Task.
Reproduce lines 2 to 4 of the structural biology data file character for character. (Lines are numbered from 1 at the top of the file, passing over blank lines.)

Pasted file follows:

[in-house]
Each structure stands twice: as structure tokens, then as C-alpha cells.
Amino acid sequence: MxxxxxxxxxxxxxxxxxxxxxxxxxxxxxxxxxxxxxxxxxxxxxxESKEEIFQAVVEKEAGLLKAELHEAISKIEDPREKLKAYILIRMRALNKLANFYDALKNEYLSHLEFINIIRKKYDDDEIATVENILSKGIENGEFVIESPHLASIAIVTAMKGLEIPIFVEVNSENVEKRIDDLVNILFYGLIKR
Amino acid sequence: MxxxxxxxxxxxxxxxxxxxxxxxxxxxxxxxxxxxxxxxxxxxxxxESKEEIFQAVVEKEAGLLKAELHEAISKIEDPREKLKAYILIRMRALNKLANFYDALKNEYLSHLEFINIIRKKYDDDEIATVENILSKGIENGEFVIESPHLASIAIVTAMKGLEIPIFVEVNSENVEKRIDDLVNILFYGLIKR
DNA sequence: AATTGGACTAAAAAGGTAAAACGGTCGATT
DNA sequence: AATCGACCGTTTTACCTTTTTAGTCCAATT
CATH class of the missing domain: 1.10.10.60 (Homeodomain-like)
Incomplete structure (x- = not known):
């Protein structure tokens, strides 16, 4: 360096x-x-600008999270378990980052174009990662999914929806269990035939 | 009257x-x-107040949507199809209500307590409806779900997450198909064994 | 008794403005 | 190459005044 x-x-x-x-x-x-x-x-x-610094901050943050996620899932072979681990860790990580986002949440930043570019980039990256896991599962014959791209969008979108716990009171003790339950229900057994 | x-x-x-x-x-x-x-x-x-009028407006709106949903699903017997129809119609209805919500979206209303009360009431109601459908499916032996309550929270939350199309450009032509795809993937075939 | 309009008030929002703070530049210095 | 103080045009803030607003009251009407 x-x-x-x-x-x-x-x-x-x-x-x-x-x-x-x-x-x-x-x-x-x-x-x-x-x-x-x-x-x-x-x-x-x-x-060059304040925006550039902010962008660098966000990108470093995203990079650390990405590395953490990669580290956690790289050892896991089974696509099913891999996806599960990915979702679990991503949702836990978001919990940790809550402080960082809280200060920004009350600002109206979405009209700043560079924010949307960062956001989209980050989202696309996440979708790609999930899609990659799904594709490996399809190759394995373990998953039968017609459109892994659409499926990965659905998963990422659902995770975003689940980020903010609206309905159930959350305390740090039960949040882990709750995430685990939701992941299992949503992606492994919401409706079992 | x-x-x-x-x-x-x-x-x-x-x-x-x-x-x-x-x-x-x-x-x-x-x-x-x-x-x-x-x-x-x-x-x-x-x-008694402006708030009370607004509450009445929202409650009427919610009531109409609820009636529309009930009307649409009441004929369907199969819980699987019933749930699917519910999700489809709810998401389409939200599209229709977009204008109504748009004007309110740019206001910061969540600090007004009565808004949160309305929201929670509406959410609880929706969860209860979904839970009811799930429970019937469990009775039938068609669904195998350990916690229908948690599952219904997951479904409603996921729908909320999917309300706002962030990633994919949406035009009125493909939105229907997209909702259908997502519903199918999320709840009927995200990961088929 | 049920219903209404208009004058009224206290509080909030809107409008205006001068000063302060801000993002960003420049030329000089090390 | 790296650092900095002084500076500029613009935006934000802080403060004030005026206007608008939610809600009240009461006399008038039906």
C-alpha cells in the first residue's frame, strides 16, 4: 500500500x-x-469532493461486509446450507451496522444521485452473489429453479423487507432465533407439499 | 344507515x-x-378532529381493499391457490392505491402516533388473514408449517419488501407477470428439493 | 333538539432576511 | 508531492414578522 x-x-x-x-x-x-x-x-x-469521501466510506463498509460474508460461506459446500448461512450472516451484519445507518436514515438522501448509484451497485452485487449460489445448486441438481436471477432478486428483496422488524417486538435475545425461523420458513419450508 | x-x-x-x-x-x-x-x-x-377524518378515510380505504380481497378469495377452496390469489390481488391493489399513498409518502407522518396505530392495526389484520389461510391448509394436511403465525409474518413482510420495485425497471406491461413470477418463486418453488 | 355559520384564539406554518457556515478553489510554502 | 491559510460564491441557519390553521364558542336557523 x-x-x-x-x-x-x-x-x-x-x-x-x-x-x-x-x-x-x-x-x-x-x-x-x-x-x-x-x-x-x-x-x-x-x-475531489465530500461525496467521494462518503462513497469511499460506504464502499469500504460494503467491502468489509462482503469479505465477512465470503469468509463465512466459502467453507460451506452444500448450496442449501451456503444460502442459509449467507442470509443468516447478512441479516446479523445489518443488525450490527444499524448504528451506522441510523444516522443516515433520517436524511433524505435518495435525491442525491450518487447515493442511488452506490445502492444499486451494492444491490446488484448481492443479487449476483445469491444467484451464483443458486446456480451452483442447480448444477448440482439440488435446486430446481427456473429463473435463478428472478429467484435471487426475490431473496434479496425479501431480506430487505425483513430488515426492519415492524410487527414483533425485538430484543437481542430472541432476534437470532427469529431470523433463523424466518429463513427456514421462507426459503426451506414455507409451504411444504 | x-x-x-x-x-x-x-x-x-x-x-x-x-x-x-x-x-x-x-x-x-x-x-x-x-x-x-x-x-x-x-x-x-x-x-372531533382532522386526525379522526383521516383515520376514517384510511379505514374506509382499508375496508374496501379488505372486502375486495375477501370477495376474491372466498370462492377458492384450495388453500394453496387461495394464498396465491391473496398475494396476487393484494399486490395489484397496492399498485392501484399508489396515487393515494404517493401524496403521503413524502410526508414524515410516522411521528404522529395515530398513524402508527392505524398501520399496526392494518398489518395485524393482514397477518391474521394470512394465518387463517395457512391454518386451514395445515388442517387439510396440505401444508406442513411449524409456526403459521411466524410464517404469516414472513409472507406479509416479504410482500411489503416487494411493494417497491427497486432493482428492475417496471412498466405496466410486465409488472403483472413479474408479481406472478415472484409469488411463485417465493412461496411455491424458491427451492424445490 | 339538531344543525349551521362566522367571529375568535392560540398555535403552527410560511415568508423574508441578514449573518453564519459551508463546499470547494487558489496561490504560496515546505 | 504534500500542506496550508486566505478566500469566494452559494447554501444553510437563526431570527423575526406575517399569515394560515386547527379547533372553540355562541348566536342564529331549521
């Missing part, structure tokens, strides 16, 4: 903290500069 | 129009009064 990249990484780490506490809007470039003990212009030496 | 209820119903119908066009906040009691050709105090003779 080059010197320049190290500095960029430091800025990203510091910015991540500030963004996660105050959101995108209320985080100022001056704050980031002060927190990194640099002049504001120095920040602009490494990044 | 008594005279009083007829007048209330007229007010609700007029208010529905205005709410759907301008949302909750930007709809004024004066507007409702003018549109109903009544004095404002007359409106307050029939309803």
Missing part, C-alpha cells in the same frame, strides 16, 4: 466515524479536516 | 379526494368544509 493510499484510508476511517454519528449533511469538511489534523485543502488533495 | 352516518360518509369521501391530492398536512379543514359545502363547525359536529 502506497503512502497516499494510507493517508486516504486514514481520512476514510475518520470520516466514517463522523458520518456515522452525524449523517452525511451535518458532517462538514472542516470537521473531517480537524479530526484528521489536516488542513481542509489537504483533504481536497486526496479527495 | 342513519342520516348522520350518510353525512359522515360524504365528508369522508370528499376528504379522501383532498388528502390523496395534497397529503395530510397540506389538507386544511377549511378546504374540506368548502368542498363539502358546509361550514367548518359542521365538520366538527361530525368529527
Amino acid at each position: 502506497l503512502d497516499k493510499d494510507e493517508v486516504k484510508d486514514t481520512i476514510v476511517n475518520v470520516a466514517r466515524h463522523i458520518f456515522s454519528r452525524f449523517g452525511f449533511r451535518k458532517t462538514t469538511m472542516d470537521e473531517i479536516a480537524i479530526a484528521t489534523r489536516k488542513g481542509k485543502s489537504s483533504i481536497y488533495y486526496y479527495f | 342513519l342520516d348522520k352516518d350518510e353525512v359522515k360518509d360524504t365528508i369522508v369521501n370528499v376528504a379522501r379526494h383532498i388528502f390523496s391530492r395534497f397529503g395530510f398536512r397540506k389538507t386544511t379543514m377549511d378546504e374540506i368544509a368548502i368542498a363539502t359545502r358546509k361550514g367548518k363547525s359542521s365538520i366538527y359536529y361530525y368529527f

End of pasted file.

Each structure stands twice: as structure tokens, then as C-alpha cells.
Amino acid sequence: MxxxxxxxxxxxxxxxxxxxxxxxxxxxxxxxxxxxxxxxxxxxxxxESKEEIFQAVVEKEAGLLKAELHEAISKIEDPREKLKAYILIRMRALNKLANFYDALKNEYLSHLEFINIIRKKYDDDEIATVENILSKGIENGEFVIESPHLASIAIVTAMKGLEIPIFVEVNSENVEKRIDDLVNILFYGLIKR
Amino acid sequence: MxxxxxxxxxxxxxxxxxxxxxxxxxxxxxxxxxxxxxxxxxxxxxxESKEEIFQAVVEKEAGLLKAELHEAISKIEDPREKLKAYILIRMRALNKLANFYDALKNEYLSHLEFINIIRKKYDDDEIATVENILSKGIENGEFVIESPHLASIAIVTAMKGLEIPIFVEVNSENVEKRIDDLVNILFYGLIKR